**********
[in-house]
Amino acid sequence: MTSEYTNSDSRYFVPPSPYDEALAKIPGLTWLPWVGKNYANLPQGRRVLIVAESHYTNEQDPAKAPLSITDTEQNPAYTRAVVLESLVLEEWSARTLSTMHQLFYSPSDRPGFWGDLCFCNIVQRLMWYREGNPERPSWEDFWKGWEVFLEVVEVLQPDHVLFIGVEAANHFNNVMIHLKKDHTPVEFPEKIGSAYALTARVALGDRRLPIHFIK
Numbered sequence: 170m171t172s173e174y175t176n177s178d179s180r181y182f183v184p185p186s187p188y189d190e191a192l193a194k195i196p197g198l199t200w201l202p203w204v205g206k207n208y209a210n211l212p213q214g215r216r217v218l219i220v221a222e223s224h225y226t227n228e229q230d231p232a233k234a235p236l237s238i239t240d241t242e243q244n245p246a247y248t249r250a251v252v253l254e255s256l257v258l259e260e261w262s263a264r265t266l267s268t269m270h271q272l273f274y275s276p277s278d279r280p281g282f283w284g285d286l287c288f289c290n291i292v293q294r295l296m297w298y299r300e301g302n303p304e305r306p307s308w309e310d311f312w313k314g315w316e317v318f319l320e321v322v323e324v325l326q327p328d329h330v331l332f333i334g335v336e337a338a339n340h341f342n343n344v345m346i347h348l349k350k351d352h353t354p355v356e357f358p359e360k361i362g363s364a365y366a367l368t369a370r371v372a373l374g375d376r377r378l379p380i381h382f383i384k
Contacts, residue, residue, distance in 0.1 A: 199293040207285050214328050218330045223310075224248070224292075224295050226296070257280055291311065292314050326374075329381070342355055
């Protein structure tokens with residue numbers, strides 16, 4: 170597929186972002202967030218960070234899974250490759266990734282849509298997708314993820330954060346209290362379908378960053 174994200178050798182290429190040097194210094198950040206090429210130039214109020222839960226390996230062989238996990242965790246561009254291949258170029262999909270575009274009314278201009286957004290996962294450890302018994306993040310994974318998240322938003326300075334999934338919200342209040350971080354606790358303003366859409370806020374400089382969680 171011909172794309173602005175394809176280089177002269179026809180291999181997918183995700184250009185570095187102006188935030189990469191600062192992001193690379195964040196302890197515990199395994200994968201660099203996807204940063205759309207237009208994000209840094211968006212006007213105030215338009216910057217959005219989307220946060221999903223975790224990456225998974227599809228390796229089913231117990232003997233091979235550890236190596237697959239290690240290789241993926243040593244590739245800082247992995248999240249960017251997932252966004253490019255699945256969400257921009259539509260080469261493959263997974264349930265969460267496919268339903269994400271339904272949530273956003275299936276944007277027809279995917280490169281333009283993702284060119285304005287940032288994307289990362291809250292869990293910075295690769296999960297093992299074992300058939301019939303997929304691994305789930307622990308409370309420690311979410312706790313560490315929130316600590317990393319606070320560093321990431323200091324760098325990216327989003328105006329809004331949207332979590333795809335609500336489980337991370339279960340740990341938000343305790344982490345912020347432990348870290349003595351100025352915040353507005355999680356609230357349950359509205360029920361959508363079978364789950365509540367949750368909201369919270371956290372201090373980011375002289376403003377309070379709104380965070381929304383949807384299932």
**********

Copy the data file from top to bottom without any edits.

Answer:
[in-house]
Amino acid sequence: MTSEYTNSDSRYFVPPSPYDEALAKIPGLTWLPWVGKNYANLPQGRRVLIVAESHYTNEQDPAKAPLSITDTEQNPAYTRAVVLESLVLEEWSARTLSTMHQLFYSPSDRPGFWGDLCFCNIVQRLMWYREGNPERPSWEDFWKGWEVFLEVVEVLQPDHVLFIGVEAANHFNNVMIHLKKDHTPVEFPEKIGSAYALTARVALGDRRLPIHFIK
Numbered sequence: 170m171t172s173e174y175t176n177s178d179s180r181y182f183v184p185p186s187p188y189d190e191a192l193a194k195i196p197g198l199t200w201l202p203w204v205g206k207n208y209a210n211l212p213q214g215r216r217v218l219i220v221a222e223s224h225y226t227n228e229q230d231p232a233k234a235p236l237s238i239t240d241t242e243q244n245p246a247y248t249r250a251v252v253l254e255s256l257v258l259e260e261w262s263a264r265t266l267s268t269m270h271q272l273f274y275s276p277s278d279r280p281g282f283w284g285d286l287c288f289c290n291i292v293q294r295l296m297w298y299r300e301g302n303p304e305r306p307s308w309e310d311f312w313k314g315w316e317v318f319l320e321v322v323e324v325l326q327p328d329h330v331l332f333i334g335v336e337a338a339n340h341f342n343n344v345m346i347h348l349k350k351d352h353t354p355v356e357f358p359e360k361i362g363s364a365y366a367l368t369a370r371v372a373l374g375d376r377r378l379p380i381h382f383i384k
Contacts, residue, residue, distance in 0.1 A: 199293040207285050214328050218330045223310075224248070224292075224295050226296070257280055291311065292314050326374075329381070342355055
């Protein structure tokens with residue numbers, strides 16, 4: 170597929186972002202967030218960070234899974250490759266990734282849509298997708314993820330954060346209290362379908378960053 174994200178050798182290429190040097194210094198950040206090429210130039214109020222839960226390996230062989238996990242965790246561009254291949258170029262999909270575009274009314278201009286957004290996962294450890302018994306993040310994974318998240322938003326300075334999934338919200342209040350971080354606790358303003366859409370806020374400089382969680 171011909172794309173602005175394809176280089177002269179026809180291999181997918183995700184250009185570095187102006188935030189990469191600062192992001193690379195964040196302890197515990199395994200994968201660099203996807204940063205759309207237009208994000209840094211968006212006007213105030215338009216910057217959005219989307220946060221999903223975790224990456225998974227599809228390796229089913231117990232003997233091979235550890236190596237697959239290690240290789241993926243040593244590739245800082247992995248999240249960017251997932252966004253490019255699945256969400257921009259539509260080469261493959263997974264349930265969460267496919268339903269994400271339904272949530273956003275299936276944007277027809279995917280490169281333009283993702284060119285304005287940032288994307289990362291809250292869990293910075295690769296999960297093992299074992300058939301019939303997929304691994305789930307622990308409370309420690311979410312706790313560490315929130316600590317990393319606070320560093321990431323200091324760098325990216327989003328105006329809004331949207332979590333795809335609500336489980337991370339279960340740990341938000343305790344982490345912020347432990348870290349003595351100025352915040353507005355999680356609230357349950359509205360029920361959508363079978364789950365509540367949750368909201369919270371956290372201090373980011375002289376403003377309070379709104380965070381929304383949807384299932």